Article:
Seven American Industries By Revenue During Pandemic, Ranked

The pandemic has hit each person in its own way, causing an economic crisis with job loss, business shutdowns, and a massive health crisis leaving many unable to get back on their feet after such a dramatic hit to their “normal” daily lives.

However, some businesses are thriving. What was once a new trend like curbside pickup or new healthcare technology, suddenly became imperative to survival. Businesses scrambled to offer what their customers needed and some succeeded with large financial benefit.

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Which businesses thrived under the pressure of the pandemic, government shutdowns and shelter in place orders?

7 Car Dealerships – $12.5 Million

Both new and used car dealers saw an increase in sales. Not only did cars offer a way to get from point A to point B without encountering others on public transport, the historically low interest rates and prices caused many in a positive financial situation to take the deal when offered.

Many car dealerships even offer online shopping and purchasing, with the vehicle delivered to your door. Over the past five years the industry revenue has continued to increase and is expected to hit record numbers in 2021, including an increase of 4.9 in 2021 according to IBIS World.

6 Delivery Services – $5.5 Billion

Home delivery services have seen a substantial increase as businesses were forced to close their doors for several months last spring. Customers had been told to shelter in place and many were afraid to venture out even after the mandates were lifted.

For businesses such as GrubHub, DoorDash, UberEats the pandemic was a push in the right direction. All three had been in talks of merging with competitors or closing prior to the pandemic, when all of the sudden the crisis skyrocketed the need for home delivery for everything from food to home goods. Instead of merging, they hired hundreds more employees and expanded regions for delivery. The boom may not last as the pandemic vaccines rollout and customers are able to go out in public more often, but delivery services and their value certainly made their mark in 2020.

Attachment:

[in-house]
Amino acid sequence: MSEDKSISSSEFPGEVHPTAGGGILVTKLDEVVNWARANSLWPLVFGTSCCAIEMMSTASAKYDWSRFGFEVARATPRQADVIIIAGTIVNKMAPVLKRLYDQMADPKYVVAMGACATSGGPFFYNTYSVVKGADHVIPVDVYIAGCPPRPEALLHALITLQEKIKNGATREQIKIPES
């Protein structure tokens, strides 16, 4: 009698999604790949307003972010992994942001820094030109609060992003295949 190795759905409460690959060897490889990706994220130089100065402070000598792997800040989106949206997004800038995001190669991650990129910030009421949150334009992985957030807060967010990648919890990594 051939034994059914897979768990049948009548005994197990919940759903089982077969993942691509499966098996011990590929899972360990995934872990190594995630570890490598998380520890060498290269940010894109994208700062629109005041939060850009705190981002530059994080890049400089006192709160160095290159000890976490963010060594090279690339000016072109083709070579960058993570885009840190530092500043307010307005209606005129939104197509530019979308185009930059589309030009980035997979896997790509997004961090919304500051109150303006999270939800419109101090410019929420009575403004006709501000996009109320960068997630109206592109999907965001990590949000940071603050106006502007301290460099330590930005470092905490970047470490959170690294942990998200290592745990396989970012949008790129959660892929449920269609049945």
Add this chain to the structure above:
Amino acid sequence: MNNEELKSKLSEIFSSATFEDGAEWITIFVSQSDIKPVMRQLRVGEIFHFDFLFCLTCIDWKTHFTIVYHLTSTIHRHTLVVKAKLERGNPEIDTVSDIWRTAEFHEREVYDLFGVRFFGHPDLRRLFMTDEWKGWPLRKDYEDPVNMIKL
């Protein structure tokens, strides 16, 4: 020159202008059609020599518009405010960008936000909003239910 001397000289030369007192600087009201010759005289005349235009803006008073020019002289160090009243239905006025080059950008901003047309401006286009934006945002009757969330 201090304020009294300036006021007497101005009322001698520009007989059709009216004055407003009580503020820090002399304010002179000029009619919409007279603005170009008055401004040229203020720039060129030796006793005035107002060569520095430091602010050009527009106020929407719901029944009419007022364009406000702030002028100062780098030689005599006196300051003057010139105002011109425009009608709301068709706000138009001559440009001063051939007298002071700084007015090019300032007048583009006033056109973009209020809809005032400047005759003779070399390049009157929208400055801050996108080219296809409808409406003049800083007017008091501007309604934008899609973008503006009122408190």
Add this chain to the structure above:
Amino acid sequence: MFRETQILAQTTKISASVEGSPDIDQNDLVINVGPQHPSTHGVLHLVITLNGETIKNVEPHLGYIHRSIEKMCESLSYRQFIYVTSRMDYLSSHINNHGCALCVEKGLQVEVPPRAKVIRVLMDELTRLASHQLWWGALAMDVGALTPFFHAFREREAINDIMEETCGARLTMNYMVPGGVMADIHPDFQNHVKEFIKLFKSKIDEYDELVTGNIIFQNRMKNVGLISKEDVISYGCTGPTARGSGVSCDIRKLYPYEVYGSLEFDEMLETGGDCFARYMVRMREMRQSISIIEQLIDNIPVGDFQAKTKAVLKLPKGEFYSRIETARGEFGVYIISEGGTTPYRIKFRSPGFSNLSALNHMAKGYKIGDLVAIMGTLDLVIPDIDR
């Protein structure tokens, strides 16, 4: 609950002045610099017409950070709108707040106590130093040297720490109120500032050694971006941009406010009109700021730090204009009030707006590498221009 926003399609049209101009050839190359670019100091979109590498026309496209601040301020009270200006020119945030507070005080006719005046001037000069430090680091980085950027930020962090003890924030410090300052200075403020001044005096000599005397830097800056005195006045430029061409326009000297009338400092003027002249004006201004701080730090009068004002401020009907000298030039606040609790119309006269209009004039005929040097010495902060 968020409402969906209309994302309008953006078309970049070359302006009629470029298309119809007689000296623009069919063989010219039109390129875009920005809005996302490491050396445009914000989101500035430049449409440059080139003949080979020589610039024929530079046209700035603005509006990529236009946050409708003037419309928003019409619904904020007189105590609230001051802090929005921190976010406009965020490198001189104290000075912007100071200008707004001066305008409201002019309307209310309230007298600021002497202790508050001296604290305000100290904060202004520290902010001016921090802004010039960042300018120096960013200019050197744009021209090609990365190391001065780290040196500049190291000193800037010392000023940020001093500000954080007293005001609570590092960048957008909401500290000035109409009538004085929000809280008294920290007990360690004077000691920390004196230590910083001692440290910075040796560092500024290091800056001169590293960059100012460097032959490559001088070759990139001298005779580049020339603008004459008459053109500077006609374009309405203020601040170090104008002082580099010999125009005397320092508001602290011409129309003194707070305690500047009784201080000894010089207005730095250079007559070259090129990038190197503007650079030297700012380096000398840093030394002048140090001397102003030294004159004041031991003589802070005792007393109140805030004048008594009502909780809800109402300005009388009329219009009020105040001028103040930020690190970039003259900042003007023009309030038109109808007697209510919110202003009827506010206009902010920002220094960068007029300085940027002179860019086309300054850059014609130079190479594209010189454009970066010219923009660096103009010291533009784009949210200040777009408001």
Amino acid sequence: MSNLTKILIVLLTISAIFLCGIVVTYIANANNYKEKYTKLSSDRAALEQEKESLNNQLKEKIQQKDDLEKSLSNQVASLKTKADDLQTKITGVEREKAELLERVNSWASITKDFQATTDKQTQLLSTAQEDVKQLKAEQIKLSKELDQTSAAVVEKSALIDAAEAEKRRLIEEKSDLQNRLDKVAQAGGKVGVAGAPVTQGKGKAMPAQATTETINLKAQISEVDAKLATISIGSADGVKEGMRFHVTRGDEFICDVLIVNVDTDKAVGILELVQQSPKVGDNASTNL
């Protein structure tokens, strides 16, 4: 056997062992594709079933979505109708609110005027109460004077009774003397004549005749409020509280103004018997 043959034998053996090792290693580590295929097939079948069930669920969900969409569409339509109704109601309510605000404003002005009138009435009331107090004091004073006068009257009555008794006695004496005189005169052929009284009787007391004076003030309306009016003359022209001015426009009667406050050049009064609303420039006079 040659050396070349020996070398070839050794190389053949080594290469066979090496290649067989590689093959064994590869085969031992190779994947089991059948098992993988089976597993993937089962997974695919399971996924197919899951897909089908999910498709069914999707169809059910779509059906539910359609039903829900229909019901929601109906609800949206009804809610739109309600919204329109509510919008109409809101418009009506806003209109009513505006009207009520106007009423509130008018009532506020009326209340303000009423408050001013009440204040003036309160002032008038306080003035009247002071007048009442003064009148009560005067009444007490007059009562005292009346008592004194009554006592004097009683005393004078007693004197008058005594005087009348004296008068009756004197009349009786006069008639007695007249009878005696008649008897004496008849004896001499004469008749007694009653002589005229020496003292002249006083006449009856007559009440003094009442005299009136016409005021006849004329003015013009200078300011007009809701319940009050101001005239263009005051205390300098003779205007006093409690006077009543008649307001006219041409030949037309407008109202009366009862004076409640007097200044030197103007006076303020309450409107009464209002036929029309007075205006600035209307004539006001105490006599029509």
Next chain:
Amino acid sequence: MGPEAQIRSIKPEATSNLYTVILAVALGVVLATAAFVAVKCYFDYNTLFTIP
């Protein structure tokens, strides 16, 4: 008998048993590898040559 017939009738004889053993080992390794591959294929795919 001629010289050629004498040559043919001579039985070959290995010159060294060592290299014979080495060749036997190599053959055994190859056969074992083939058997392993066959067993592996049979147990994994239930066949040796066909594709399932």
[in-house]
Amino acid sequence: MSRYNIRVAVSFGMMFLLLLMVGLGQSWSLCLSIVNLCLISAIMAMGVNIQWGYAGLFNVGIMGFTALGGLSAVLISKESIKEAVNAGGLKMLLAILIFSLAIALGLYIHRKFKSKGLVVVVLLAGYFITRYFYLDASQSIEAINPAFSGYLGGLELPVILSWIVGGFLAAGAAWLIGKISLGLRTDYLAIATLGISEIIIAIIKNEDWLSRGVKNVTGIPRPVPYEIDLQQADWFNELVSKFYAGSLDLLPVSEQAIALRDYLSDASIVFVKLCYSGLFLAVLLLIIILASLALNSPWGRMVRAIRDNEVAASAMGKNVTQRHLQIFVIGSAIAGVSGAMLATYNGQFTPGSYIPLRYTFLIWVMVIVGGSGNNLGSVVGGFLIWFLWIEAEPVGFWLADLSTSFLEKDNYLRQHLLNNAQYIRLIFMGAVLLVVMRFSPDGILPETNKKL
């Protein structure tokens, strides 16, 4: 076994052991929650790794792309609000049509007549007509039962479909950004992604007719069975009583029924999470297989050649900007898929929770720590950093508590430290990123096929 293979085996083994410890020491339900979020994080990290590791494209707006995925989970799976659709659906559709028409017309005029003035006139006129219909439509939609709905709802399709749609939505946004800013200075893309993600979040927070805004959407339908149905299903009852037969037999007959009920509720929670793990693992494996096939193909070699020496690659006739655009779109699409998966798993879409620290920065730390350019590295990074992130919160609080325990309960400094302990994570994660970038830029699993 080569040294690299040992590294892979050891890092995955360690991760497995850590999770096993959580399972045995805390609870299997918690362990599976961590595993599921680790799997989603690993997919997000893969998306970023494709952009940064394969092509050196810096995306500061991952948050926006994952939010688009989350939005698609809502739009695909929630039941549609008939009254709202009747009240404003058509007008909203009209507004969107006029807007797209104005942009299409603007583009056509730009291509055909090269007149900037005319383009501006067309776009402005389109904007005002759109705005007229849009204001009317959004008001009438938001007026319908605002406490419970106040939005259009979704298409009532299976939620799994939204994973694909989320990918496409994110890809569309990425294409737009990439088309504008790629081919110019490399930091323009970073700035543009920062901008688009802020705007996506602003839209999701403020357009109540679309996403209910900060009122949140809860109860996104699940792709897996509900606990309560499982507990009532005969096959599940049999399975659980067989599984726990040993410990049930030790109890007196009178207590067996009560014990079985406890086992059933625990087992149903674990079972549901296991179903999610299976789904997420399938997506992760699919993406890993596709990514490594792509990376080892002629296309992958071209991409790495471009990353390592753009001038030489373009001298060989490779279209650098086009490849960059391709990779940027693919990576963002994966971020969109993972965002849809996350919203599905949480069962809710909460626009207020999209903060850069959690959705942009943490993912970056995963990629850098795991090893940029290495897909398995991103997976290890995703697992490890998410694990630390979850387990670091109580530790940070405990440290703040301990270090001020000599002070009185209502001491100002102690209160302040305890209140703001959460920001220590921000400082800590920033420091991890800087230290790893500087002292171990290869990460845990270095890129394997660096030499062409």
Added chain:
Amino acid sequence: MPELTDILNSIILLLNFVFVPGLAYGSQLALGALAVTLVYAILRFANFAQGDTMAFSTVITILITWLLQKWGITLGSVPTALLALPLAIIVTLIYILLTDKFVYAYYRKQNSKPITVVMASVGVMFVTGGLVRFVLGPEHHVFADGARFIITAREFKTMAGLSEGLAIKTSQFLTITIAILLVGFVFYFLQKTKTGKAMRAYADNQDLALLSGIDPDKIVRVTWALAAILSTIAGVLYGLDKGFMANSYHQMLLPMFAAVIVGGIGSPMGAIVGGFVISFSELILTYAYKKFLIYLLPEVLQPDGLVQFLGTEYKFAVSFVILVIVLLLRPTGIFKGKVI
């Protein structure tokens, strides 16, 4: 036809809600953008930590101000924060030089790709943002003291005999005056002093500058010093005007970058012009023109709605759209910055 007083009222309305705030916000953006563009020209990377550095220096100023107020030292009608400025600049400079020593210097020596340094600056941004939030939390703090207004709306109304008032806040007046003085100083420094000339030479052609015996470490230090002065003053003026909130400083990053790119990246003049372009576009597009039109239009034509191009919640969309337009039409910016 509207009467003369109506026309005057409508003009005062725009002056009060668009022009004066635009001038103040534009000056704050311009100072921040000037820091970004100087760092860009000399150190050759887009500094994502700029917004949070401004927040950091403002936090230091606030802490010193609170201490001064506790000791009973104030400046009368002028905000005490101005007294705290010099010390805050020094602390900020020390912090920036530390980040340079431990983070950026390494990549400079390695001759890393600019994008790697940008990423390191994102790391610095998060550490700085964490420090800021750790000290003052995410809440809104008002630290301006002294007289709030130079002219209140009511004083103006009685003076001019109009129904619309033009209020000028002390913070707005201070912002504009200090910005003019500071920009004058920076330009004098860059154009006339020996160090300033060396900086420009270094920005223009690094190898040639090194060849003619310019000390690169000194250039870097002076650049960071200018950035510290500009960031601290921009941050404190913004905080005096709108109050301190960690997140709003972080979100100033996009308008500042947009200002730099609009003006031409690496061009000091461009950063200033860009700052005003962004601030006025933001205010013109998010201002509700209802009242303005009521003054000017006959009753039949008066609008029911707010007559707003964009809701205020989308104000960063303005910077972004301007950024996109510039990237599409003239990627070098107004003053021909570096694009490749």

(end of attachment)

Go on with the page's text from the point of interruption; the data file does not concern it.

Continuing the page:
5 Cleaning Business – $46 Billion

In a world where cleanliness is suddenly the top priority in order to thwart the virus spread, businesses began looking to sanitize in a big way. Professional cleaning services are reporting the need to hire additional employees and incorporate new technology to ensure the area is disinfected and safe.

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“Commercial cleaning is a mature industry. It grows in line with [gross domestic product] GDP,” said Tim Mulrooney in a Fortune interview. “After the coronavirus, I think you have a secular tailwind to commercial cleaning. Everyone from governments to corporates to individuals have a heightened focus on hygiene.”

People are paying attention; asking for additional work from their janitorial company and adding new procedures to enhance confidence in employees.

A new device called the electrostatic sprayer has been recently featured in a Delta Airlines commercial. The sprayer spreads disinfectant with an electrostatic charge to attach to the surface yet spread evenly away from each other to create a full coat across the surface.